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From studio to spotlight: Chien’s journey through dance

Courtesy of Karen Chien

From the very beginning, sophomore Karen Chien has always loved to dance. In fact, her passion originated so long ago that she does not even remember how she started dancing at the tender age of three years old. 

“My dad always said that I just liked dancing even before he put me into dance classes,” Chien said. “That was the best decision he’s ever made.” 

When she first started dancing, Chien loved ballet. Now in the advanced class of Dance Spectrum, she also does jazz, tap, and hip-hop.

“My favorite style is probably hip hop because I enjoy beats and bass in music,” Chien said.

Hip-hop is the style of dance Chien considers herself to be the best at. She prides herself on her improvisation and dancing to the rhythm more than her technique.

 Junior Emitis Dastalmachi, who is also in Dance Spectrum, has noticed that Chien does not default to any specific moves and considers this improvisation a particularly interesting aspect of her dancing.

“I think it’s so cool to watch her just hit every beat in music, and she doesn’t confine herself to any sort of…safe moves,” Dastmalchi said. “But she pushes herself to another level and she has an incredible work ethic and I think that’s something that sets her aside from everyone else.”

Chien enjoys dance because it is simultaneously a sport and an art, allowing her to exercise and express her feelings at the same time. This self-expression can be seen in Chien’s movement while dancing, and it can also be seen in her choreography. 

“Something I enjoy about dance is being able to express how I feel with movement through my body, and I think it helps me express my form of art,” said Chien.

After listening to a song multiple times, Chien can envision a dance in her mind, she said. Her dance teachers, convention leaders, and other choreographers inspire her, she said. Currently, she choreographs solos for herself and dances for Dance Spectrum.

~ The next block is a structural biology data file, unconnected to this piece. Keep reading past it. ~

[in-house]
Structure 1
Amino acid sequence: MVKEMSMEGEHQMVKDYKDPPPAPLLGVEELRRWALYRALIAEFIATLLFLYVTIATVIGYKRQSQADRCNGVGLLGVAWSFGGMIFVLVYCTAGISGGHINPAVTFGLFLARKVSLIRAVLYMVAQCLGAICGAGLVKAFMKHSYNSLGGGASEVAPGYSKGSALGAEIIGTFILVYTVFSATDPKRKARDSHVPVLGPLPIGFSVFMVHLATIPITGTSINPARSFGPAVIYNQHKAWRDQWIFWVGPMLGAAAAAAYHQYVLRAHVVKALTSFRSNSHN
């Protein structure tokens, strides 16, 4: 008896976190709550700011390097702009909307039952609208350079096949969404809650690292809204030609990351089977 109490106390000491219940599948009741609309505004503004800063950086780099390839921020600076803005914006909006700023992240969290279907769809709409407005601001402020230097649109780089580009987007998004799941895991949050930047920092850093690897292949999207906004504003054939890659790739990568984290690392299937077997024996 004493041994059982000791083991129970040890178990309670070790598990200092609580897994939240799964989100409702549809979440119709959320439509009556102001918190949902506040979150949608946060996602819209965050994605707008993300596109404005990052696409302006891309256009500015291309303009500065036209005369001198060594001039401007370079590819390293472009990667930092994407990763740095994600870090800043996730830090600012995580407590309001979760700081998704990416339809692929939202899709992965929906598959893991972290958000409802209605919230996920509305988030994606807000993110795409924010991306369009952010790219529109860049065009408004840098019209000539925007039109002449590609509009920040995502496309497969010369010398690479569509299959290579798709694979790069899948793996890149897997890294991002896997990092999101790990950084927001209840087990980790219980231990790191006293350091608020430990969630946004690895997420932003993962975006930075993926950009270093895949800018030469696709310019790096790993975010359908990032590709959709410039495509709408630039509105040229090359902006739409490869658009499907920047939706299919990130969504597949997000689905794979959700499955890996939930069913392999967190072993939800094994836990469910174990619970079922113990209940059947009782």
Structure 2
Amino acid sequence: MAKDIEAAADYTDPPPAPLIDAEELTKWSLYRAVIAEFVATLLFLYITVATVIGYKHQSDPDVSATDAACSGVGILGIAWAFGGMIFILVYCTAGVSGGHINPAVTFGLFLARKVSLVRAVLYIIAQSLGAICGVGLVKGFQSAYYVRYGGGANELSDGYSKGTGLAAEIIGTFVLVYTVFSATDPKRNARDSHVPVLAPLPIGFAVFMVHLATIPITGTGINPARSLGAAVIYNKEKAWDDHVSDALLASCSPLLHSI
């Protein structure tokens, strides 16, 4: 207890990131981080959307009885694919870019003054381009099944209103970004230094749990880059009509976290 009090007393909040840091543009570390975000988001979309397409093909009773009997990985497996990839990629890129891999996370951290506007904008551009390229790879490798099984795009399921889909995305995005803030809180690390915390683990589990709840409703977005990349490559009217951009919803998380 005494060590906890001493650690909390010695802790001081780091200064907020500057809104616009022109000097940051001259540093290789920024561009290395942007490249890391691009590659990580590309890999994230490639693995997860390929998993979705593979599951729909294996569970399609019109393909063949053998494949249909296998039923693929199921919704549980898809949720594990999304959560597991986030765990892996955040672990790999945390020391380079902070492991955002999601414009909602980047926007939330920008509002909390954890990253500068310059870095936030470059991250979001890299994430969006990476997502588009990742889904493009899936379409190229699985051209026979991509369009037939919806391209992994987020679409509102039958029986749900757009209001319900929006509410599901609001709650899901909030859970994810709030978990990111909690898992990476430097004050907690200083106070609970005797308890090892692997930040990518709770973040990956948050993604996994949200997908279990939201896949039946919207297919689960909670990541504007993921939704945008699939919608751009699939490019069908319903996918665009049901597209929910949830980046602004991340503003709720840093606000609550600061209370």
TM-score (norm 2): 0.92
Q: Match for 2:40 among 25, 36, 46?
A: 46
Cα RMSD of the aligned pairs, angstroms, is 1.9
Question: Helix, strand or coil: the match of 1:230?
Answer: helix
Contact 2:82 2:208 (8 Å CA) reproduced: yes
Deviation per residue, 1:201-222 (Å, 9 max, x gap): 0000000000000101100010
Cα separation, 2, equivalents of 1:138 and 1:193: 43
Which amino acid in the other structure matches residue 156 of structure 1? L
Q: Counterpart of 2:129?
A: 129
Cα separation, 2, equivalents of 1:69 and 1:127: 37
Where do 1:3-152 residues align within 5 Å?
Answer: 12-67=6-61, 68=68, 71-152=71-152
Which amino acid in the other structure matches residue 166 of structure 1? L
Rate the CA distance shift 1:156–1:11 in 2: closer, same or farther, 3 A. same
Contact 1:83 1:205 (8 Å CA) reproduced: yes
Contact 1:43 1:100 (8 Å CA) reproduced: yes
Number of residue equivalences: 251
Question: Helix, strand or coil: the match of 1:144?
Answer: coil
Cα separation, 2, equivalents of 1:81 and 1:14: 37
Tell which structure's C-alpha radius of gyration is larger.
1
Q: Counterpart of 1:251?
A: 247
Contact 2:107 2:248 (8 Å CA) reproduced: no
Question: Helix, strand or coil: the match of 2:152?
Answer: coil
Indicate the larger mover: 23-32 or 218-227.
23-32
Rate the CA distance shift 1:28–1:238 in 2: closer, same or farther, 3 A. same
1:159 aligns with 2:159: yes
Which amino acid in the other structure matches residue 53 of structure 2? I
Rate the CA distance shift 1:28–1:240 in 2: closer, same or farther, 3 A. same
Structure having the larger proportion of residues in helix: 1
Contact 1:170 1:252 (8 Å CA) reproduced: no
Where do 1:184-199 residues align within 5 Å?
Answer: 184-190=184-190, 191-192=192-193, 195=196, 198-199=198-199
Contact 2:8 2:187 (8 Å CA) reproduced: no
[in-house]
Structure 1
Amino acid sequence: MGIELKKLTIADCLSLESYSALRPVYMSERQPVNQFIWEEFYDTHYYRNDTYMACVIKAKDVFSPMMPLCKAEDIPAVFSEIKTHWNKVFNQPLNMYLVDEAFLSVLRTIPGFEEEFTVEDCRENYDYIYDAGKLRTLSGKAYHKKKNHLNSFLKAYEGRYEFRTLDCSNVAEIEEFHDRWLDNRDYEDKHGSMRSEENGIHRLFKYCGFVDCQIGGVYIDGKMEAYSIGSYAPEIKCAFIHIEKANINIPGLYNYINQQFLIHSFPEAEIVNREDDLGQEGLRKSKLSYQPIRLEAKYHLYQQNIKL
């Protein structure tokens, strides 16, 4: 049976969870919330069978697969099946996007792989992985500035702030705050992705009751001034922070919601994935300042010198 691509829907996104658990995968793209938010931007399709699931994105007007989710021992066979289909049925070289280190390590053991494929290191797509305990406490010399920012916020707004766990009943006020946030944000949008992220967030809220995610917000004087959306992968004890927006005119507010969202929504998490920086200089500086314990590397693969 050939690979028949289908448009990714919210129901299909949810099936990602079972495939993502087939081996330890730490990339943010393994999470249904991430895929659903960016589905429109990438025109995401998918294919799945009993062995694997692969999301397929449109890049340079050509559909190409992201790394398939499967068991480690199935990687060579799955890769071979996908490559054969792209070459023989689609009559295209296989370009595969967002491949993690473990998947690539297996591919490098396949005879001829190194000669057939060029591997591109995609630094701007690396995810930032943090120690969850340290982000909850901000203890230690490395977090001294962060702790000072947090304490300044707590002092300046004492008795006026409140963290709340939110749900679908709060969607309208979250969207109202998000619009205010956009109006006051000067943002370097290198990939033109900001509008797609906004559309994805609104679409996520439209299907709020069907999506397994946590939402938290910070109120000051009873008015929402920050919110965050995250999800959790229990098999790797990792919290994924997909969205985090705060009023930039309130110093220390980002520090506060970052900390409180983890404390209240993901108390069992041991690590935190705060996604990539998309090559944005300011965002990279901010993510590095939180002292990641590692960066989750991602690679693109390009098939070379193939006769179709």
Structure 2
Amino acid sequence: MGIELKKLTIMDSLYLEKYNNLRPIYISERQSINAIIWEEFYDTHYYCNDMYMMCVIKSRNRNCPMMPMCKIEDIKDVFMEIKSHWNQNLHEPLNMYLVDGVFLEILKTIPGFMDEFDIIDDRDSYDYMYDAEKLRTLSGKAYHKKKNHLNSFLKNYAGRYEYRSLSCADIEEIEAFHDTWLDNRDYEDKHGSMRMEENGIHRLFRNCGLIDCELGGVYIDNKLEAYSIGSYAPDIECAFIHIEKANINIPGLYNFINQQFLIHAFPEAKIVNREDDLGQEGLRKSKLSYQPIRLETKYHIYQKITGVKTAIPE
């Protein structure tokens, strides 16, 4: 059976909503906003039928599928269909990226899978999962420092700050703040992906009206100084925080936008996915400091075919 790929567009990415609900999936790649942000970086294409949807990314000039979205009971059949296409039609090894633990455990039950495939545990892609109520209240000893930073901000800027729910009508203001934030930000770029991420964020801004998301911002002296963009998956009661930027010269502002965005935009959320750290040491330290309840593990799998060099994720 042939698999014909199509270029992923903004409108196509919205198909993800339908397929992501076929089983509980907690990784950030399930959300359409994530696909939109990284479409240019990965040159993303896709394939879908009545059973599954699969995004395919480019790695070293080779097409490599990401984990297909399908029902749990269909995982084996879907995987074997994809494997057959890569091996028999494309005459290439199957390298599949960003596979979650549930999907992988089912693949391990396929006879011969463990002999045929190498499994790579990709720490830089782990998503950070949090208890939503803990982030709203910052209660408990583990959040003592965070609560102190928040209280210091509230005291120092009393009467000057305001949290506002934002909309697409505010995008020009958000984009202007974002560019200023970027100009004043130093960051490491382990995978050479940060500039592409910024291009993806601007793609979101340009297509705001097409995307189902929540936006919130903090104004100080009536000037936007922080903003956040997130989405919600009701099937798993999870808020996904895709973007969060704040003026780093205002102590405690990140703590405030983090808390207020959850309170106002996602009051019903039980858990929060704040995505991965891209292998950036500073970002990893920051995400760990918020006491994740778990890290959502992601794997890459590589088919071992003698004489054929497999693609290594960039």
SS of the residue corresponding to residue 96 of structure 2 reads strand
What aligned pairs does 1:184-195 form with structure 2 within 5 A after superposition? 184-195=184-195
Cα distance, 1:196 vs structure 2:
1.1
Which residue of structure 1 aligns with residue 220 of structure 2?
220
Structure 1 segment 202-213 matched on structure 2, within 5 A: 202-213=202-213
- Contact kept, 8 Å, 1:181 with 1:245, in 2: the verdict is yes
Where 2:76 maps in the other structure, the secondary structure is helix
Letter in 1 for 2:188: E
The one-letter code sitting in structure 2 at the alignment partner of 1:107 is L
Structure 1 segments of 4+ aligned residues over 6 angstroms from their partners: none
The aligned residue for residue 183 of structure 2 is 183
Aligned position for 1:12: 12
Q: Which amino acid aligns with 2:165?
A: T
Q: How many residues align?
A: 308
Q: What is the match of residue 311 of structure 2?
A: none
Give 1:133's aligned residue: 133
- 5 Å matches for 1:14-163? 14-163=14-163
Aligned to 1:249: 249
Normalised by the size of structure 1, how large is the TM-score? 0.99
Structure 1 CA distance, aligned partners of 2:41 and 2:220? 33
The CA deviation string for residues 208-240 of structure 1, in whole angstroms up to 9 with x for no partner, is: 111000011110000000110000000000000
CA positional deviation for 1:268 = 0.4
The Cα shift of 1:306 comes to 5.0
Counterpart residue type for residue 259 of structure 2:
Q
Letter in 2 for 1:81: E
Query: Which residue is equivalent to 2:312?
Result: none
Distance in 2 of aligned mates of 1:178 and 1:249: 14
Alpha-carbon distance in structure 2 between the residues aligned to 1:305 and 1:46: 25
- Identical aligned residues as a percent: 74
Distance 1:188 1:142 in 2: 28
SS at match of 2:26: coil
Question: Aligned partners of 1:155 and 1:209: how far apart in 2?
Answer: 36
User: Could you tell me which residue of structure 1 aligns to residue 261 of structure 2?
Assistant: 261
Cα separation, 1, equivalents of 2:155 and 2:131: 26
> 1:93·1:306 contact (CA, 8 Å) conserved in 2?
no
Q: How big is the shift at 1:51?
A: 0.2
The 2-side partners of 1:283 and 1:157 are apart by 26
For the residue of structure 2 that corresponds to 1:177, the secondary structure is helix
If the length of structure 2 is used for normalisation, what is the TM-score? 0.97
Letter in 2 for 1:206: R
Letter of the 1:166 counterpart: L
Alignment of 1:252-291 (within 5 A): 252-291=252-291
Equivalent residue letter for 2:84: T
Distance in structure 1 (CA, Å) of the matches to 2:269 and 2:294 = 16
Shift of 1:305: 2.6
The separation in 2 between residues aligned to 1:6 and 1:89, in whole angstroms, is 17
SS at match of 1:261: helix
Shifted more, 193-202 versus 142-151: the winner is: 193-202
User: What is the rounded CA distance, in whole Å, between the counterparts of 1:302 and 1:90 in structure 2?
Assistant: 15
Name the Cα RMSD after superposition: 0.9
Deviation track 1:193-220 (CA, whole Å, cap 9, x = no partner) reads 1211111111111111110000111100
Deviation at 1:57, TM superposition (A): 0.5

Generally, Chien practices her dancing for fourteen hours a week, not counting competitions. She has begun to travel with certain companies to conventions, around twice a month to compete. 

“I think it’s a great experience because at these dance conventions, we get to work with professionals in the industry,” Chien said. ”We get to experience a pre-professional workspace and get to learn in a teaching environment.” 

At these conventions and competitions, many dancers from different companies gather not just to learn from professionals, but to work with them on pieces that they will perform. At the HEAT dance convention, Chien won the Eternal Flame title, the highest rank in her age group. She was not expecting to earn it, and it remains her proudest achievement.

Courtesy of Karen Chien

However, her experience with dance has not always been easy. Chien has faced setbacks in the multiple injuries she has experienced. During these times, she saw herself as a burden for the dance team because she felt that the team had to work harder to compensate for her absence.

“It just makes you feel like you’re not helping and you’re just making them have to work more than you to learn other parts of the dance,” Chien said. “It’s just really difficult to have to watch your teammates go through all of it without you.” 

Nevertheless, Chien is set on continuing to dance. In the future, Chien hopes to go to college for dance before becoming a professional choreographer or dancer.

“Something bigger that I want to work on is like choreographing for big artists or even becoming a backup dancer going on tour,” Chien said. “Maybe choreographing music videos…and traveling around the world and exploring different types of dance and movement and meeting new people.”

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About the Contributor
Alexander Xu, Staff Writer
Alex is an junior and serves as a staff writer for the Oracle. Outside of school, he enjoys art, especially digital art.
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